Home automation – more details

The home automation stuff that I’m doing is mostly X10. There are a few exceptions.

In the garage, laundry, and walk-in closet, I’m using hardware-store-variety motion sensor light switches. They are cheaper than X10 controllers, and are sufficient to the task. That is, I want a light on when I’m there, and not when I’m not. These switches cost anywhere from $10 to $30, and look like this. They work via some unspecified IR sensing, and are very reliable, and very fast.

Everything else is X10. Mostly, it is controlled from my Linux box, so in answer to the earlier question of whether it can be controlled from Linux, YES. There are actually several X10 controller apps for Linux.

You need a X10 transceiver, which plugs into your serial port. There are also USB ones, but I got the impression that they are very new, perhaps not very reliable, and having started using Linux in 1996, I’m always rather frightened of hardware support on Linux.

I am using a command-line app called heyu (pronounced “Hey! You!”). So I run “heyu turn c4 on” and my bedroom light comes on. Or you can alias them, in the configuration file, so that you can say “heyu dim livingroom 11” and it will dim the living room lights by 50%. Yes, it’s a scale of 1-22. I can’t imagine why.

In the bathroom, I have a motion sensor. These send an RF signal to an RF receiver which is plugged in to a wall socket and relays the message. (X10 transmits over the power lines, in case you missed that part.) So when I come into the bathroom, it sends a message to the x10 server, which notices it and runs a script:


# What time is it? 
$h = sprintf  '%02d', (localtime(time))[2];
$m = sprintf  '%02d', (localtime(time))[1];
$t = $h . $m;

# Is it already on?
$on = `/usr/local/bin/heyu dimlevel b2`;
exit unless $on < 20;

# Dim between 21:30pm and 6:30am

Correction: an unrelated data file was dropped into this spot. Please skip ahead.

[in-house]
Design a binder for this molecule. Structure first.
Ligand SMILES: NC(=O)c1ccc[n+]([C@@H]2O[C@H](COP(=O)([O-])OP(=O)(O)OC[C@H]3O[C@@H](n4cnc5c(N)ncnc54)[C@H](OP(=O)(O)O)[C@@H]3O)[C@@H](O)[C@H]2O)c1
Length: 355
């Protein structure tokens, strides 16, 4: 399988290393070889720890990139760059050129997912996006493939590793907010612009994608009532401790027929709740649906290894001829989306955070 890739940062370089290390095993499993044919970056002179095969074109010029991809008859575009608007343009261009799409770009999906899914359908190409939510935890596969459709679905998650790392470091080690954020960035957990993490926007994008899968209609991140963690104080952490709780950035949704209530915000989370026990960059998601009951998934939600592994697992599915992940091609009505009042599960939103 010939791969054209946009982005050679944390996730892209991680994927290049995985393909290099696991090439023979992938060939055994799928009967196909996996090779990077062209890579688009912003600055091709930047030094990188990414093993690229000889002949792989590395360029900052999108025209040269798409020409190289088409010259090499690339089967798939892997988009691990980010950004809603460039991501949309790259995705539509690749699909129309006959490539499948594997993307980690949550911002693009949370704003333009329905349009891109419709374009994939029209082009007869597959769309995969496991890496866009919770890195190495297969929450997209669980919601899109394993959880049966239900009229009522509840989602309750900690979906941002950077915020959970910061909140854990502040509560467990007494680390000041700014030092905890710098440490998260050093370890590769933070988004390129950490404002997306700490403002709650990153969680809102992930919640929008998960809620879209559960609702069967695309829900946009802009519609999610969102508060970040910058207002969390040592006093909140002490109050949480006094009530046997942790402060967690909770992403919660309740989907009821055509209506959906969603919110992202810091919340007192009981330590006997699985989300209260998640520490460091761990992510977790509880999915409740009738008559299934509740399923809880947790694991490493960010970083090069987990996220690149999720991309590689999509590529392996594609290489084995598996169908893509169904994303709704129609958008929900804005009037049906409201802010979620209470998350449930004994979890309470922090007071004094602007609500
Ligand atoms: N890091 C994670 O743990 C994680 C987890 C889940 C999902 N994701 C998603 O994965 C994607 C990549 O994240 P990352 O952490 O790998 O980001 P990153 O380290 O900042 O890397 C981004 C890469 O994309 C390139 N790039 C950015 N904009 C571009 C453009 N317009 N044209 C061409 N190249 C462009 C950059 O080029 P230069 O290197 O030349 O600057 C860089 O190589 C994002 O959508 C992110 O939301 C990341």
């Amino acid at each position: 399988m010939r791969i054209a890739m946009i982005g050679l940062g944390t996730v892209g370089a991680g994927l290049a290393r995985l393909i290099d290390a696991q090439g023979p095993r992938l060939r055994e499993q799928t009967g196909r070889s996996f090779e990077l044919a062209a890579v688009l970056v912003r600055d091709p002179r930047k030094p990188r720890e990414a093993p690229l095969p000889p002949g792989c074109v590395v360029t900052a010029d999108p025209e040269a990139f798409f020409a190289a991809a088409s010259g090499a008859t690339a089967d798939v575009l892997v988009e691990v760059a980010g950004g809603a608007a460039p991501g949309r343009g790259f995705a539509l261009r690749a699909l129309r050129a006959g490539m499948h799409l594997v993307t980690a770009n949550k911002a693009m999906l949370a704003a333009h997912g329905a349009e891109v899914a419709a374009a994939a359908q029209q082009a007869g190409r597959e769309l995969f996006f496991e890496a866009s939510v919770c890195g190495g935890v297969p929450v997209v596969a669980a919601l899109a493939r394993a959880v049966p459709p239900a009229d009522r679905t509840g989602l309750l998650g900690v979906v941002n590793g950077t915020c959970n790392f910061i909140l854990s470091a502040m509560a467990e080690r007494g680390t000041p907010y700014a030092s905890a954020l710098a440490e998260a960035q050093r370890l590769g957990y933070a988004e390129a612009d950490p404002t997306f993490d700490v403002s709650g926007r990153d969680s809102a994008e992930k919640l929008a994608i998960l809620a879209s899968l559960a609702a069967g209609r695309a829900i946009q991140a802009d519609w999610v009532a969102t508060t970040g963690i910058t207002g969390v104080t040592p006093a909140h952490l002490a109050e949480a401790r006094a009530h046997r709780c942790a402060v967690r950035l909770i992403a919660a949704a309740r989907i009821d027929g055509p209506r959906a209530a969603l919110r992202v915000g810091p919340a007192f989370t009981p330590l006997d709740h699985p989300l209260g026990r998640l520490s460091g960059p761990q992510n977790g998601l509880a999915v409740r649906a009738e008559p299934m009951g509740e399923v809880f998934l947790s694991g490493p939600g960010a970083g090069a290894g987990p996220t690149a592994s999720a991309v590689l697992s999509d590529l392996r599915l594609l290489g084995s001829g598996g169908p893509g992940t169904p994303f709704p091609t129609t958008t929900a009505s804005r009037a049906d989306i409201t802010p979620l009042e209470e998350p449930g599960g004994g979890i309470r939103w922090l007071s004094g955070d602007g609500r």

# Unless it's already on, that is
if (($t > 2130) || ($t < 630)) {
    `/usr/local/bin/heyu bright b2 8`
} else {
    `/usr/local/bin/heyu bright b2 22`

In other words, if it’s before 6:30 am, or after 9:30 pm, just turn the lights on a little bit. Otherwise, turn them on all the way.

Similarly, another script gets called when the sensor doesn’t detect motion for n seconds (60 by default).

One problem with X10 is that it is slow. When I walk into the bathroom, it can take up to 2 seconds for everything to get done and the lights to actually come on. This takes some getting used to. 2 seconds doesn’t seem like a long time, but it *feels* like a long time when you’re standing in the dark.

As for the remote controls – when I ordered my X10 stuff, it came with a universal remote, and one of the things on it is X10. So I can send an on or off, or dim or bright, to any device in a single house code.

The addressing scheme is simple. There are house codes A through P, and in each one there are 16 addresses. So each item in the house gets an address like F2 or C12. This gives a lot of room for devices. However, most transmitters (such as the remote control) can only transmit to a single house code. So you have to plan your addressing carefully.

Anyways, if you want to know more, I recommend buying stuff from PIGS Electronics rather than from X10.com. Better prices, and the website is much much easier to use.

And I recommend the O’Reilly book for good ideas. The implementation is so simple, that the book is really just good for ideas, not really for the implementation details. Also, since almost all of the implementation details are for software that I’m not using, that part of it is not useful to me at all. It assumes you’ll be using Windows or Mac as your controlling computer.